Actually, Ive just realised something recently (it may or may not help other learners)
Whenever two identical letters are next to each other in polish, they are pronounced very dinstictly and seperately.
I forget my polish examples now, but let's say in english..... If you add an extra 'o' to the word 'to', it becomes 'too' and is then pronounced differently as such.
But in polish (in theory only cos I've forgotten my examples) it would be pronounced "to-oh". Like to seperate Os
Going by that (made up) example, here we had two Ms in a row.....
Its that gap which is purposefully and distictly sounded in the middle which has made it sound (to me at least) as słuchaMY muzyki.
Especially as in english, the phrases 'random music' or 'dream man' would be spoken as 'randoMMusic' or 'dreaMMan'.
With no audible gap in between
I think this may help learners to make sure we seperate words distinctly, (especially when identical letters appear in sequence)
Because the "słuchać"(indefinite) verb declines like this: ja słucham, ty słuchasz, on/ona słucha, my słuchamy, wy słuchacie, oni/one słuchają.
The verb "słyszeć" (definite) forms are : ja słyszę, ty słyszysz, on/ona słyszy, my słyszymy, wy słyszycie, oni/one słyszą.
Why does the verb here end in '-am' and not '-ię'? If memory serves me right, "to have" was the only verb so far that didn't end in '-ię' for singular, masculine subject. So, does "to listen" happen to follow the same grammar as "to have"? And if there are more verbs in this category, is there a distinct reason as to why they follow a different conjugation scheme?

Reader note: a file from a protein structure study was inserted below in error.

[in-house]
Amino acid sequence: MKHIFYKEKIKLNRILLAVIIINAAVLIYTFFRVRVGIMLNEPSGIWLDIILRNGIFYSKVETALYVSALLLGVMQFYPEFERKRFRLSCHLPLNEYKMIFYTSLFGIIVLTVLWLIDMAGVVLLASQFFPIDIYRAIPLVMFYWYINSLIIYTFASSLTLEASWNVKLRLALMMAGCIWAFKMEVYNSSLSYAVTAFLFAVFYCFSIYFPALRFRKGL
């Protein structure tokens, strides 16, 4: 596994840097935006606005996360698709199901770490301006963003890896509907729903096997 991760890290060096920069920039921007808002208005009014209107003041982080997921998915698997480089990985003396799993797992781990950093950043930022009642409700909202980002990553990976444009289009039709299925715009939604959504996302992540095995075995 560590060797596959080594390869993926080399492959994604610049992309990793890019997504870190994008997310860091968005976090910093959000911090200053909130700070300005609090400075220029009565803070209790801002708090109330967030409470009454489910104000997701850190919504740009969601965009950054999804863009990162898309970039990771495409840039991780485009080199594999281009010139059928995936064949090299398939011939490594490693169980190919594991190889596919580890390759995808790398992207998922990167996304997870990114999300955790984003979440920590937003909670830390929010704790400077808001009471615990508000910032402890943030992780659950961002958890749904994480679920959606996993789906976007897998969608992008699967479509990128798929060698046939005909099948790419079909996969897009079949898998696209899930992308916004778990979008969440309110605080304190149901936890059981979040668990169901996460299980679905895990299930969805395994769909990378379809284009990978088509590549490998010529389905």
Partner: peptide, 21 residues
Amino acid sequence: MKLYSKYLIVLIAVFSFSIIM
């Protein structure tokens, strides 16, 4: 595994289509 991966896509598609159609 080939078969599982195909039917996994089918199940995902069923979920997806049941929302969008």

I went and found this video for you.
It is invaluable.
It explains that, in the present tense, all verbs fall into one of 4 different categories.
It is a very good video, very well explained, broken doen slowly, though I would reccomend watching it a few times over the coming weeks and months, as that way it becomes clearer the more you learn the language.
It is quite a thorough video and the guy is a good teacher.
Also it will help to make notes with a pen.
Hope it helps u as much as it did me.
There are some words of greek origin, which are exceptions. They are stressed on the antepenultimate (third-to-the-last) syllable. Muzyka, fizyka, biologia...
However, you might occasionally hear natives pronounce some of those words using the "regular" Polish stress pattern.